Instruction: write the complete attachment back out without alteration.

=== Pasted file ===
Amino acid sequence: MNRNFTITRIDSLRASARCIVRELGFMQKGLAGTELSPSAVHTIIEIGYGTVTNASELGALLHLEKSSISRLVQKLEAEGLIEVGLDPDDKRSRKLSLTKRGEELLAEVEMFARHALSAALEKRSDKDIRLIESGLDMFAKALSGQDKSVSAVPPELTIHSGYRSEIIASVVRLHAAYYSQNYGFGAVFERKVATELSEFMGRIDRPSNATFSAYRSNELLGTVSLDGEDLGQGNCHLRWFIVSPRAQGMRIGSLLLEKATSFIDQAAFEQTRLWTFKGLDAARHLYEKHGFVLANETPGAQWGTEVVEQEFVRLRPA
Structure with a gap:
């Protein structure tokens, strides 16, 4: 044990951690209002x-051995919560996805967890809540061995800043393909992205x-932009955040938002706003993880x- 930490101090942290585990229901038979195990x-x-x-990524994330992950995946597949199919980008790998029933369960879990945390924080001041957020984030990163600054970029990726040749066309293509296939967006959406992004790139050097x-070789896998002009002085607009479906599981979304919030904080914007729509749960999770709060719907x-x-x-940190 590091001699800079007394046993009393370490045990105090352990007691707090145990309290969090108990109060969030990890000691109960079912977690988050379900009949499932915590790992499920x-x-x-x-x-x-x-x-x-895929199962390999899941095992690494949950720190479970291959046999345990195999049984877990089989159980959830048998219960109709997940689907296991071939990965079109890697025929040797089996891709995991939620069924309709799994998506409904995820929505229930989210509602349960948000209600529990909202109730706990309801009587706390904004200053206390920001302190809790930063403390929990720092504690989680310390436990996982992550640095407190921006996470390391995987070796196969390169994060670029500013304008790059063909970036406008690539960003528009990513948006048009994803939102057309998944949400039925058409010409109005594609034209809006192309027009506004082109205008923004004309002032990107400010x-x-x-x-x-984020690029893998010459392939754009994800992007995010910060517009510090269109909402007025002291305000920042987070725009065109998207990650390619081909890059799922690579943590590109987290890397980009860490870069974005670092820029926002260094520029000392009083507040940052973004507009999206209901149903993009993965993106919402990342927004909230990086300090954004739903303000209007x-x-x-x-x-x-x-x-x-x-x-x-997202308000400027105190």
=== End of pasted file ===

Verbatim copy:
Amino acid sequence: MNRNFTITRIDSLRASARCIVRELGFMQKGLAGTELSPSAVHTIIEIGYGTVTNASELGALLHLEKSSISRLVQKLEAEGLIEVGLDPDDKRSRKLSLTKRGEELLAEVEMFARHALSAALEKRSDKDIRLIESGLDMFAKALSGQDKSVSAVPPELTIHSGYRSEIIASVVRLHAAYYSQNYGFGAVFERKVATELSEFMGRIDRPSNATFSAYRSNELLGTVSLDGEDLGQGNCHLRWFIVSPRAQGMRIGSLLLEKATSFIDQAAFEQTRLWTFKGLDAARHLYEKHGFVLANETPGAQWGTEVVEQEFVRLRPA
Structure with a gap:
């Protein structure tokens, strides 16, 4: 044990951690209002x-051995919560996805967890809540061995800043393909992205x-932009955040938002706003993880x- 930490101090942290585990229901038979195990x-x-x-990524994330992950995946597949199919980008790998029933369960879990945390924080001041957020984030990163600054970029990726040749066309293509296939967006959406992004790139050097x-070789896998002009002085607009479906599981979304919030904080914007729509749960999770709060719907x-x-x-940190 590091001699800079007394046993009393370490045990105090352990007691707090145990309290969090108990109060969030990890000691109960079912977690988050379900009949499932915590790992499920x-x-x-x-x-x-x-x-x-895929199962390999899941095992690494949950720190479970291959046999345990195999049984877990089989159980959830048998219960109709997940689907296991071939990965079109890697025929040797089996891709995991939620069924309709799994998506409904995820929505229930989210509602349960948000209600529990909202109730706990309801009587706390904004200053206390920001302190809790930063403390929990720092504690989680310390436990996982992550640095407190921006996470390391995987070796196969390169994060670029500013304008790059063909970036406008690539960003528009990513948006048009994803939102057309998944949400039925058409010409109005594609034209809006192309027009506004082109205008923004004309002032990107400010x-x-x-x-x-984020690029893998010459392939754009994800992007995010910060517009510090269109909402007025002291305000920042987070725009065109998207990650390619081909890059799922690579943590590109987290890397980009860490870069974005670092820029926002260094520029000392009083507040940052973004507009999206209901149903993009993965993106919402990342927004909230990086300090954004739903303000209007x-x-x-x-x-x-x-x-x-x-x-x-997202308000400027105190």